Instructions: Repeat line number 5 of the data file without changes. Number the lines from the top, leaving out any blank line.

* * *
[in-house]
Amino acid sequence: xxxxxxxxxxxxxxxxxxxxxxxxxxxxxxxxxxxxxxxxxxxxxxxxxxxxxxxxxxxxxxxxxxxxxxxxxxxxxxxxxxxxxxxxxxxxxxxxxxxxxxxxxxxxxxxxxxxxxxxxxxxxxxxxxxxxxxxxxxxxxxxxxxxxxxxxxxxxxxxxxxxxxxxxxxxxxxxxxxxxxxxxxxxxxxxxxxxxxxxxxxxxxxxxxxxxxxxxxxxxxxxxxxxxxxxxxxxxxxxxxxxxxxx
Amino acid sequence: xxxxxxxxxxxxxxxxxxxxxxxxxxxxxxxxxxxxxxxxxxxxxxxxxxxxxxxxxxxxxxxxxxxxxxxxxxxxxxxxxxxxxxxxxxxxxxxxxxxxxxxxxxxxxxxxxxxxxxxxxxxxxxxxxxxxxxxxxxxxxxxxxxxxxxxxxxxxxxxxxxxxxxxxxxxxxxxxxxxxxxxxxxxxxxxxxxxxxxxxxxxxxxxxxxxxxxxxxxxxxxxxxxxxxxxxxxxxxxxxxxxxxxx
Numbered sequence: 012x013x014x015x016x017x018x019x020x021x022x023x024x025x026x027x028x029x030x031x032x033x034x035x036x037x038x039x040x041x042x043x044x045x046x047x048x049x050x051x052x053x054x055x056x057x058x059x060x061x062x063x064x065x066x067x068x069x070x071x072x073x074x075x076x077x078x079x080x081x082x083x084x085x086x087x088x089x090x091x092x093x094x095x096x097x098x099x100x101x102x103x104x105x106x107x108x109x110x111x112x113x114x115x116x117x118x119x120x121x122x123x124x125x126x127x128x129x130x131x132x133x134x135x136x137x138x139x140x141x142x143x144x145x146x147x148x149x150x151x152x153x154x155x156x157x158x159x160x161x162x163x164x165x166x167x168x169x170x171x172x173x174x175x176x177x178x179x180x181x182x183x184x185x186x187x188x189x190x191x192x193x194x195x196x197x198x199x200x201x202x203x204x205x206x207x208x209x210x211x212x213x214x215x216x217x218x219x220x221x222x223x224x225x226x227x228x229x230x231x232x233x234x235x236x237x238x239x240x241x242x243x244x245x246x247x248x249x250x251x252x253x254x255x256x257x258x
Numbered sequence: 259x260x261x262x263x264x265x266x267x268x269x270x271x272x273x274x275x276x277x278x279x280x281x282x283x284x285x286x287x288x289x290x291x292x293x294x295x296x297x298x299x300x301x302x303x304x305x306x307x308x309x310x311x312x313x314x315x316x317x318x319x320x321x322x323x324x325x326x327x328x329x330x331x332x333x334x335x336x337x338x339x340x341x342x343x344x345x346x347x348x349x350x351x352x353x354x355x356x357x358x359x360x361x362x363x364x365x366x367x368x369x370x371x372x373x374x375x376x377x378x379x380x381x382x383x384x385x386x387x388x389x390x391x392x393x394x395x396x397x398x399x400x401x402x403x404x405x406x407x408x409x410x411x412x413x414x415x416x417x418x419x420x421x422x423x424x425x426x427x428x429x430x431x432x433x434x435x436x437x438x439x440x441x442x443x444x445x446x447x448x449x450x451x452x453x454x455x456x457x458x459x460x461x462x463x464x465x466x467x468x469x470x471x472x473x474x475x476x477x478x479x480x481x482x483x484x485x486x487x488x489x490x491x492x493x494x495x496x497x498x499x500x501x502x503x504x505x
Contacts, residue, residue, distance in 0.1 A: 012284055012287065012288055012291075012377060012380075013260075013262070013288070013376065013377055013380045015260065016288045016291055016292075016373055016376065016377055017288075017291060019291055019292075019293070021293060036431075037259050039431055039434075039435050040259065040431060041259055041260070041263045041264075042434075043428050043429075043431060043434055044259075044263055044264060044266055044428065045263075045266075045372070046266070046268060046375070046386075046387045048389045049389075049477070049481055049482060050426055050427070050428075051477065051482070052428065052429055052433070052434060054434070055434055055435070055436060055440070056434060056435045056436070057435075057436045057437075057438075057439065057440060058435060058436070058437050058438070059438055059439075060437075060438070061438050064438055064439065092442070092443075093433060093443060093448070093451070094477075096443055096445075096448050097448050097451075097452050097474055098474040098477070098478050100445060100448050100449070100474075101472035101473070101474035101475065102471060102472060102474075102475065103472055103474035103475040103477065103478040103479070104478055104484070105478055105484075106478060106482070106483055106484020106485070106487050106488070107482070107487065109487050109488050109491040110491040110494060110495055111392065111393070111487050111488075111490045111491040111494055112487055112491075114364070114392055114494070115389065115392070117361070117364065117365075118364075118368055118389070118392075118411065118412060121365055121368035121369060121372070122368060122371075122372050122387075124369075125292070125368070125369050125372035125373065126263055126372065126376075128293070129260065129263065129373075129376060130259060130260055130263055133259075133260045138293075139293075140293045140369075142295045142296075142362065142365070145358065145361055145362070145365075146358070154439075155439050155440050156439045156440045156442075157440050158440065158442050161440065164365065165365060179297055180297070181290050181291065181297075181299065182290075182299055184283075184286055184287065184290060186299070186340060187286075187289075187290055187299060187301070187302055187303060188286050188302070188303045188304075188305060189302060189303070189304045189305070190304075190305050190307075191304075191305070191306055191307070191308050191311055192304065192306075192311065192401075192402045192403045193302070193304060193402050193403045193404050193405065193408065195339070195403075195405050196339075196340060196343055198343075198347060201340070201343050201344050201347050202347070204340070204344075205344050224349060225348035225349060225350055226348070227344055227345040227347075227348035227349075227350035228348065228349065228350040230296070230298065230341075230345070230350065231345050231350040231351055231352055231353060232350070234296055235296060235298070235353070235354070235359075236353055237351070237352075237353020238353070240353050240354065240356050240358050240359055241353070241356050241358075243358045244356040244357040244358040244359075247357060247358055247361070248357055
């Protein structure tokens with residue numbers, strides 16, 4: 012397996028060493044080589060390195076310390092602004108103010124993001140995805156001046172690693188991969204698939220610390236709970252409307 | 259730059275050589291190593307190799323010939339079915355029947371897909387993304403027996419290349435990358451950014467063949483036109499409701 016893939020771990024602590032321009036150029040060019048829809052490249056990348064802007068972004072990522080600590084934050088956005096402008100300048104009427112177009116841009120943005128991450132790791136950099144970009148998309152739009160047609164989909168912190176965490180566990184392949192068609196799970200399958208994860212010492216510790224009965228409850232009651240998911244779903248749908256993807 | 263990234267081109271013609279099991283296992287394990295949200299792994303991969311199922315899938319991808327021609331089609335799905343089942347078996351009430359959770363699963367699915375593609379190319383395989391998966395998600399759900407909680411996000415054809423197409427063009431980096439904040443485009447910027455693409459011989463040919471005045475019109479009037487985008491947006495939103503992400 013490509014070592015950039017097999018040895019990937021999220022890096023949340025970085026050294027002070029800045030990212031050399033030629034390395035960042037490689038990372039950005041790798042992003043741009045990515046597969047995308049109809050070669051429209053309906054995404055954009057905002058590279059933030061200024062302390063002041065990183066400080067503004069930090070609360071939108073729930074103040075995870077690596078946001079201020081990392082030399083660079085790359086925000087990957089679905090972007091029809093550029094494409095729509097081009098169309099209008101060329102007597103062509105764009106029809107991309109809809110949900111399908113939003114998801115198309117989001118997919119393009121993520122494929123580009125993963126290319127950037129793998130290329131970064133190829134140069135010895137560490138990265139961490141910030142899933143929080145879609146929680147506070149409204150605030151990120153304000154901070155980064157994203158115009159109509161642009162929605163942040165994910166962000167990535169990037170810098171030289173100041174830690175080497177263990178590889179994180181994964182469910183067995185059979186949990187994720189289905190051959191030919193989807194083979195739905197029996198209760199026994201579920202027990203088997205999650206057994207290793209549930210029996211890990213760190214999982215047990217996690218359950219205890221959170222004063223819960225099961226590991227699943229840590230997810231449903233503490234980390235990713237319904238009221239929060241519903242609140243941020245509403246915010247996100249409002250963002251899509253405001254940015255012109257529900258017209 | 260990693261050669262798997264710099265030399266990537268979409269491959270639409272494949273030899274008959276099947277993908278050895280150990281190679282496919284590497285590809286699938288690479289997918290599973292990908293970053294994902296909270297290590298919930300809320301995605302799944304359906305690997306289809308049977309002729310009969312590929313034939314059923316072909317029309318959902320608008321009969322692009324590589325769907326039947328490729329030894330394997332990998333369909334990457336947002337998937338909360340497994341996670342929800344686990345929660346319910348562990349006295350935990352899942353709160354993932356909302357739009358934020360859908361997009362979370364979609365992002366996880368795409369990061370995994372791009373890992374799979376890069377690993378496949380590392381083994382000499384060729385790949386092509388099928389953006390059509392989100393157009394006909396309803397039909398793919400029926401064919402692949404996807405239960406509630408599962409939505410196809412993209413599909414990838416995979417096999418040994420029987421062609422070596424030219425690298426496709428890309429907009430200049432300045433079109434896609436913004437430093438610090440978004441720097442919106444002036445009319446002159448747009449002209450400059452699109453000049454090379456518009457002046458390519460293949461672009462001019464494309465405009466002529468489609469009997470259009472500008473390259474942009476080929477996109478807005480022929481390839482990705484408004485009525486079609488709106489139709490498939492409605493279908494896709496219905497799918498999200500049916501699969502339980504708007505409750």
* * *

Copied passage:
Numbered sequence: 259x260x261x262x263x264x265x266x267x268x269x270x271x272x273x274x275x276x277x278x279x280x281x282x283x284x285x286x287x288x289x290x291x292x293x294x295x296x297x298x299x300x301x302x303x304x305x306x307x308x309x310x311x312x313x314x315x316x317x318x319x320x321x322x323x324x325x326x327x328x329x330x331x332x333x334x335x336x337x338x339x340x341x342x343x344x345x346x347x348x349x350x351x352x353x354x355x356x357x358x359x360x361x362x363x364x365x366x367x368x369x370x371x372x373x374x375x376x377x378x379x380x381x382x383x384x385x386x387x388x389x390x391x392x393x394x395x396x397x398x399x400x401x402x403x404x405x406x407x408x409x410x411x412x413x414x415x416x417x418x419x420x421x422x423x424x425x426x427x428x429x430x431x432x433x434x435x436x437x438x439x440x441x442x443x444x445x446x447x448x449x450x451x452x453x454x455x456x457x458x459x460x461x462x463x464x465x466x467x468x469x470x471x472x473x474x475x476x477x478x479x480x481x482x483x484x485x486x487x488x489x490x491x492x493x494x495x496x497x498x499x500x501x502x503x504x505x